Here’s another set of quick reviews for albums we’ve been checking out lately. This time around it’s mostly black metal (surprise surprise).
2012, Daemon Worship Productions
Daemon Worship Prod is one of the labels that have earned my complete trust when it comes to quality black metal, and Dutch horde Israthoum‘s Black Poison and Shared Wounds certainly makes that trust feel justified. While there’s nothing too terribly mind-blowing, the album contains a nice mixture of denser, more oppressive orthodox-style riffing and faster second wave-style aggression with some nice lead guitar thrown over the top. The most interesting aspect of Israthoum’s sound is the manic bellowing approach their vocalist takes, which is a bit similar to Acerbus’s delivery in Ondskapt. It adds an additional intensity on top of the otherwise fairly traditional black metal sound, which helps to set these guys apart.
2012, Candlelight Records
While they sort of fit in with more melodically-inclined doom bands like Rapture, October Tide and maybe Swallow the Sun, Daylight Dies have always had their own particular sound. My problem with that sound on the band’s last couple releases was that the band’s songs tended to meander too much, with each amazing riff seemingly hidden among a lot of other unfocused melodic guitar work that ultimately never led anywhere. Fortunately, that’s not the case here at all. A Frail Becoming sees the band’s songwriting becoming more focused and obviously much more effective as a result, whether it’s on more straightforward, driving tracks like opener ‘Infidel’ or some of the more abstract songs. The end result is an album that contains all the facets of Daylight Dies’s sound – excellent clean vocal passages, powerful doomy riffing, intricate, dual-guitar melodic lines and brilliant lead work – yet is also much more consistent than past releases. If you’re a fan of this type of doom metal, A Frail Becoming is a must-have.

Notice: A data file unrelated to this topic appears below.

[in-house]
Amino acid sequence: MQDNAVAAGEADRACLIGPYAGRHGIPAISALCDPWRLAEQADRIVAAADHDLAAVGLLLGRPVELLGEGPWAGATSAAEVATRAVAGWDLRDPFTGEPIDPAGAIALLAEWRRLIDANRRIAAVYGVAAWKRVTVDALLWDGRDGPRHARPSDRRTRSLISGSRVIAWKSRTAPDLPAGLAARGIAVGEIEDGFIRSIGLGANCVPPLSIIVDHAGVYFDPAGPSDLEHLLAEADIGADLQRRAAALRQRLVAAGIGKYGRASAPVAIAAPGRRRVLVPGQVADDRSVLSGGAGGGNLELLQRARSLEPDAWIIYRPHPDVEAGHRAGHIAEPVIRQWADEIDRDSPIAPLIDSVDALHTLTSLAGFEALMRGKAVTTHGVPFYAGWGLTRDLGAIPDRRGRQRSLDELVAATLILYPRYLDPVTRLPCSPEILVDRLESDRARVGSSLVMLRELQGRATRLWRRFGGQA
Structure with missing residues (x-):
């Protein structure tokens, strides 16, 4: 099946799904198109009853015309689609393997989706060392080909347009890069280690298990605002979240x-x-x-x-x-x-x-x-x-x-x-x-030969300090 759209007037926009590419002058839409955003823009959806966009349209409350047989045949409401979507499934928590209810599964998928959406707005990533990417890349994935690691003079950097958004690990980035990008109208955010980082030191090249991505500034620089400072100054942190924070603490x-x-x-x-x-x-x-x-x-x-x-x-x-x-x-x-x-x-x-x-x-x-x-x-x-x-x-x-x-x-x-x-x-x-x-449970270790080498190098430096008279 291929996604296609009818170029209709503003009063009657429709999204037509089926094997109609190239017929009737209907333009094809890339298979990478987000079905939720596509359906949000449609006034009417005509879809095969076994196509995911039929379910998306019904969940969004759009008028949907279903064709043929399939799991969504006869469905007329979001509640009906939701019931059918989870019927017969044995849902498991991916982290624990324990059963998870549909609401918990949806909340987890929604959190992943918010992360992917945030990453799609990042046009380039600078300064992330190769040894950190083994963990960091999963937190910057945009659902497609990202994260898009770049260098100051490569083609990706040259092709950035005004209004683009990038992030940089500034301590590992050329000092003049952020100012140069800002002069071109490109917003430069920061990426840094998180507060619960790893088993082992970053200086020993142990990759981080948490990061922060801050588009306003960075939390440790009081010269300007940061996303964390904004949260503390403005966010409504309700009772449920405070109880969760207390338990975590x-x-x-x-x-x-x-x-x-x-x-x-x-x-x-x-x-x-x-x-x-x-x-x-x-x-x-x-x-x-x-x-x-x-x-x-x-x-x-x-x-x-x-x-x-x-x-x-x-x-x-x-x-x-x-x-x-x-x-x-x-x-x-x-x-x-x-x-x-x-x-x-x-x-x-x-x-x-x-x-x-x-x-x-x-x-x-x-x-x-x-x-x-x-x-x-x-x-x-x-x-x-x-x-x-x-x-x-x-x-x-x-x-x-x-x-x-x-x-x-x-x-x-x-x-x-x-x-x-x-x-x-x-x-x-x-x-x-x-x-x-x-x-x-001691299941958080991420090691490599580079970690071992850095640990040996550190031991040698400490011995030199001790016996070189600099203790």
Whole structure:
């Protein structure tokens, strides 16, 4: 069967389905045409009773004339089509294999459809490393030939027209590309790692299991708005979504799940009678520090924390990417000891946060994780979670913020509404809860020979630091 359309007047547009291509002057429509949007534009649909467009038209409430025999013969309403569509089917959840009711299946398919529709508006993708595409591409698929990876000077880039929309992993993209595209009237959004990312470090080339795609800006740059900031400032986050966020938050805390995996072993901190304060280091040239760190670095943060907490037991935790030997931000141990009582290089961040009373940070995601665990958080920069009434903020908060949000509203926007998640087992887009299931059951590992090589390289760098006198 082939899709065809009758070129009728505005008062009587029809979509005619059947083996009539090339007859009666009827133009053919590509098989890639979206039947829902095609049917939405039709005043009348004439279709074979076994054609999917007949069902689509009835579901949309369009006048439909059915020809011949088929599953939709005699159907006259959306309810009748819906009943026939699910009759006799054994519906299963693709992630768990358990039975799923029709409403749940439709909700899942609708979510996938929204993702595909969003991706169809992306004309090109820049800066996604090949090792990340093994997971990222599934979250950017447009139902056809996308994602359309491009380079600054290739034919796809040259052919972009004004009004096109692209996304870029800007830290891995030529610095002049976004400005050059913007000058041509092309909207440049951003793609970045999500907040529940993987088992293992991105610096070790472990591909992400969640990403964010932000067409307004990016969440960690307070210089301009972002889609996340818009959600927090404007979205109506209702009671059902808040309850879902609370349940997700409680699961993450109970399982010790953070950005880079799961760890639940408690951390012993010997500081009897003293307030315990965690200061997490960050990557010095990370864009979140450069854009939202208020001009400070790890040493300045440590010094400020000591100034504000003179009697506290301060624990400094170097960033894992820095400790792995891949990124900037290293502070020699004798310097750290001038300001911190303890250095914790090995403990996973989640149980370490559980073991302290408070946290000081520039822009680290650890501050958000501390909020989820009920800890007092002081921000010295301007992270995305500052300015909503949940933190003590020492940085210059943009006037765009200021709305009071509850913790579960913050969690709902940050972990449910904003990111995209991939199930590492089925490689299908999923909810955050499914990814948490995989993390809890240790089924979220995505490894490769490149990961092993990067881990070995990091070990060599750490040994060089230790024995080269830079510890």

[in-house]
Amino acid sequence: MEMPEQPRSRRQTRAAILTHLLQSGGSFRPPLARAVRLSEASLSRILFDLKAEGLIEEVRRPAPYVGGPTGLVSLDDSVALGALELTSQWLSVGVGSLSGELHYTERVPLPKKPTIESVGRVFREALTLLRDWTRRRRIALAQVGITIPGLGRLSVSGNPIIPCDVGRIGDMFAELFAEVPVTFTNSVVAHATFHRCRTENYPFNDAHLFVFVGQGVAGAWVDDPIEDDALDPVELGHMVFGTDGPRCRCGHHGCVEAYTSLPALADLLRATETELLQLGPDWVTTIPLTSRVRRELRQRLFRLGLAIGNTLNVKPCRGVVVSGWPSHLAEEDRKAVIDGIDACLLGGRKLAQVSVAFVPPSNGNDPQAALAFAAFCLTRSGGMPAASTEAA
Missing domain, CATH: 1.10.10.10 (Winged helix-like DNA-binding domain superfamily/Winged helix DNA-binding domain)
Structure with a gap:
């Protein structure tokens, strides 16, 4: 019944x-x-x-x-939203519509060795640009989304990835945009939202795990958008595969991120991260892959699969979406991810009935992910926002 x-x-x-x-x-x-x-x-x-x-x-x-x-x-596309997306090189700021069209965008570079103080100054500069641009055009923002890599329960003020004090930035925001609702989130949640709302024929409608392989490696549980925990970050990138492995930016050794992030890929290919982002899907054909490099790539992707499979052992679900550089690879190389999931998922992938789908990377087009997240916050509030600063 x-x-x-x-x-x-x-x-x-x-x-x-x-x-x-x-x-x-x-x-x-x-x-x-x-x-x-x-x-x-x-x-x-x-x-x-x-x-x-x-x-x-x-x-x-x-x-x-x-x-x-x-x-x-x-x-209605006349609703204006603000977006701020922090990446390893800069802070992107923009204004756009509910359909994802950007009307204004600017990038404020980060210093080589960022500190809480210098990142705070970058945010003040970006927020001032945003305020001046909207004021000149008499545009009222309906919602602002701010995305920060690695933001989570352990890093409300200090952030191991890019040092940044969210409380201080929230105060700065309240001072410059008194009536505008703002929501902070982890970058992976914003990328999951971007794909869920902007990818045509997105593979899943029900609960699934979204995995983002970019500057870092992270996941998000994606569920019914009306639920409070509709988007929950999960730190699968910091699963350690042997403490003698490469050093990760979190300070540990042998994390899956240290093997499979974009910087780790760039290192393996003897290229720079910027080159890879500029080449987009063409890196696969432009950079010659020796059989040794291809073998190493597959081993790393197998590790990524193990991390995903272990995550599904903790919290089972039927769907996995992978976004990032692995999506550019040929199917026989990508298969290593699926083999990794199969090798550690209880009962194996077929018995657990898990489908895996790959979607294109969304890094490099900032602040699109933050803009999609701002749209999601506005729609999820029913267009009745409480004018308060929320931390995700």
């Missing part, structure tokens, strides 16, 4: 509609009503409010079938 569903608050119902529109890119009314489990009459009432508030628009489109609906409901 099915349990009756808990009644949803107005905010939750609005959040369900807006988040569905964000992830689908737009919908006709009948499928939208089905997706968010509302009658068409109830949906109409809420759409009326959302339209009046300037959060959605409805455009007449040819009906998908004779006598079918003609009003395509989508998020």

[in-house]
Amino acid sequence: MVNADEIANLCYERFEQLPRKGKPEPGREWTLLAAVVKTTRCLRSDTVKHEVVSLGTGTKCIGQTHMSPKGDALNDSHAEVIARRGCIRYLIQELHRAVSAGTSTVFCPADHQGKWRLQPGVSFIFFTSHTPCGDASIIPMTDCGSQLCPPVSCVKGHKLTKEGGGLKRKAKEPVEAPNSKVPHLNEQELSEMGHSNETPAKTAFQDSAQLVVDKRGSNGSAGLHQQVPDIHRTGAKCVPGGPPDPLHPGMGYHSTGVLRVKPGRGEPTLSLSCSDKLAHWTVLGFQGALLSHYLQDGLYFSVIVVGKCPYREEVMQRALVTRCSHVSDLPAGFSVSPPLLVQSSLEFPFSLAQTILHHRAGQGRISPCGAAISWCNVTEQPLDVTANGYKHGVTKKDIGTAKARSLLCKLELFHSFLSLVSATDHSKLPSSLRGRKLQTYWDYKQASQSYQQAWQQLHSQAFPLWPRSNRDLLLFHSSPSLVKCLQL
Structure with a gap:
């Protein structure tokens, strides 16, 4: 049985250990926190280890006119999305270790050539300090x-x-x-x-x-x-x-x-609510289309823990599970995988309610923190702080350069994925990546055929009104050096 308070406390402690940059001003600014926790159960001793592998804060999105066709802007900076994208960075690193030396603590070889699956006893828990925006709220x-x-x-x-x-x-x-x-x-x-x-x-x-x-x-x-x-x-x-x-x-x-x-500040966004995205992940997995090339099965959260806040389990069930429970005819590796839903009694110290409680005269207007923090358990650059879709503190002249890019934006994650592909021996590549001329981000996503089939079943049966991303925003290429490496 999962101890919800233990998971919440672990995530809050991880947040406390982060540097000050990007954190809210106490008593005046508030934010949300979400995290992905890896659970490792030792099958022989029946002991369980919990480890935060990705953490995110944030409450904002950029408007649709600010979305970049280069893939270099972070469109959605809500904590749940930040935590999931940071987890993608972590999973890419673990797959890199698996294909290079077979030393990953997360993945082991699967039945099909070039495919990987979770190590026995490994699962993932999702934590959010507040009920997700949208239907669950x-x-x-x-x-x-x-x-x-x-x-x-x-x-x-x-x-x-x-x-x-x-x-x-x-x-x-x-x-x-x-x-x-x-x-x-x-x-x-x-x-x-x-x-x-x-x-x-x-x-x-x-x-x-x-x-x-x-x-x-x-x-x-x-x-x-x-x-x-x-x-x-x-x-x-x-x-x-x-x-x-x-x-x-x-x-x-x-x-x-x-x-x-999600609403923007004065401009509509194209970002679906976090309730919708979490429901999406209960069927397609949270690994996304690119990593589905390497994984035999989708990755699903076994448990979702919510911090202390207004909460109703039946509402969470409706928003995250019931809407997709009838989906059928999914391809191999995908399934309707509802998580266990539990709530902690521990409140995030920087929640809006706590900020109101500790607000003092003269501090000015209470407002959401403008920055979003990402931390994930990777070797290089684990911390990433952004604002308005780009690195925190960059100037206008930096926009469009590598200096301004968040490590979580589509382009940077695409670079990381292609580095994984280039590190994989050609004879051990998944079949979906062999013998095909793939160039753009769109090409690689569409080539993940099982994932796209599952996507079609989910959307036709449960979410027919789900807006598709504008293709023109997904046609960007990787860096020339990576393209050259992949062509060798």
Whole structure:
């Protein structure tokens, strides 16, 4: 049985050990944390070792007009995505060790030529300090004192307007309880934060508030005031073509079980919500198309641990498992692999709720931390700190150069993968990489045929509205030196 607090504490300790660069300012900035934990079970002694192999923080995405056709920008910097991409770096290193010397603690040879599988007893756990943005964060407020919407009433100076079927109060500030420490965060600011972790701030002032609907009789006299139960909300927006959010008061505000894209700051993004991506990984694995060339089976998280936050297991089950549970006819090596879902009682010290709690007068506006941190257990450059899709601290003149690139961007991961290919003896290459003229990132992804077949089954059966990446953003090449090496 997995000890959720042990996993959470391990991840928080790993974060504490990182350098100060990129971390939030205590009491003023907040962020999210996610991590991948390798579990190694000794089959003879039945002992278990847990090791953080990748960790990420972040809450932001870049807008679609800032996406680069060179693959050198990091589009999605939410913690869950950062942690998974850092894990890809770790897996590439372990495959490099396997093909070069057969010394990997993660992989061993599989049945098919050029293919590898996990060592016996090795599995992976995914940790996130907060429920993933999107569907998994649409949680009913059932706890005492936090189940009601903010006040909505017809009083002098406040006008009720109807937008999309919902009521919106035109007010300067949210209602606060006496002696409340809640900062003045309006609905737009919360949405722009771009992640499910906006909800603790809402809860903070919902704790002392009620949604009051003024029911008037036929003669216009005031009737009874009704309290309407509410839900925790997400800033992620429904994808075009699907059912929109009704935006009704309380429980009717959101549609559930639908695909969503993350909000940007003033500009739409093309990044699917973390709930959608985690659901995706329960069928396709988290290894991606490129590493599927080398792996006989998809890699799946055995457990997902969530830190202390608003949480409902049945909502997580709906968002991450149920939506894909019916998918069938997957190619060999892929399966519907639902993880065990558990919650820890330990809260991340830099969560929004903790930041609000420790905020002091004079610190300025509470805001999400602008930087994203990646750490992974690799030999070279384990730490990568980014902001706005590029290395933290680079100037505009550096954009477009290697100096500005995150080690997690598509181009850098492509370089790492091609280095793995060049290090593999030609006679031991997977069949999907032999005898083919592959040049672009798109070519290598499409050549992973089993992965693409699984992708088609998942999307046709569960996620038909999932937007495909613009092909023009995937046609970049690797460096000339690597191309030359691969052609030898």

2012, Ván Records
The volatile landscapes of Iceland have been especially fruitful lately for metal, having recently spewed forth excellent releases from acts like Solstafir, Azoic, Svartidauði, Skálmöld and now these guys. Árstíðir Lífsins‘s sophomore album Vápna lækjar eldr is an incredibly captivating mix of black metal, folk-influenced acoustic passages and brilliant melodic songwriting. The violin that creeps into several songs starts to remind a bit of Dornenreich‘s more recent material, but aside from that it’s hard to think of anything with a sound quite like Árstíðir Lífsins – like many of the recent Icelandic groups these guys are one-of-a-kind. The vocal approach is a bit over the top, with five different people credited for vocals including the vocalists from German black metal groups Helrunar and Drautran. Unfortunately the vocal chaos can overpower the rest of the band at times, but aside from that there’s a lot to like here.
2012, Ván Records
Instead of building on the promising mix of depressive black metal and clean singing showcased on their debut Nebel der Erinnerungen, Germany’s Freitod has elected to take their sound in a doomier direction, moving towards the slightly catchy, simplistic riffing style of bands like Katatonia, Lifelover and Rapture. Regenjahre is almost completely devoid of the melancholic blackened riffs found on their first album, instead employing driving power chord-based rhythm work and basic melodic riffing to complement the band’s usual mixture of clean singing and harsh vocals. Some of the vocal melodies and riffs are pretty decent, but the appeal of Regenjahre is probably limited to fans of bands similar to those listed above. Fans expecting Freitod to expand on the elements of their first release will most likely be disappointed with this new direction, as it barely sounds like the same band.
2011, Daemon Worship Productions
It’s not especially surprising that much of new Nightbringer side-project Bestia Arcana‘s debut To Anabainon ek tes Abyssu sounds almost exactly like Nightbringer, considering that the two bands share three members. Fortunately Bestia Arcana isn’t just Nightbringer under a different name. To Anabainon ek tes Abyssu is a little more varied than your average Nightbringer release, making frequent use of atmospheric keyboard passages and a spacier vibe that’s a little reminiscent of Darkspace. Of course the band does occasionally switch to the frenetic high-pitched riffing style that makes Bestia Arcana’s heritage obvious. The real treat on this release however is the additional experimentation. If the idea of a more atmospheric Nightbringer interests you or if you’re like me and always thought they had promise but could use more variation, Bestia Arcana is the answer.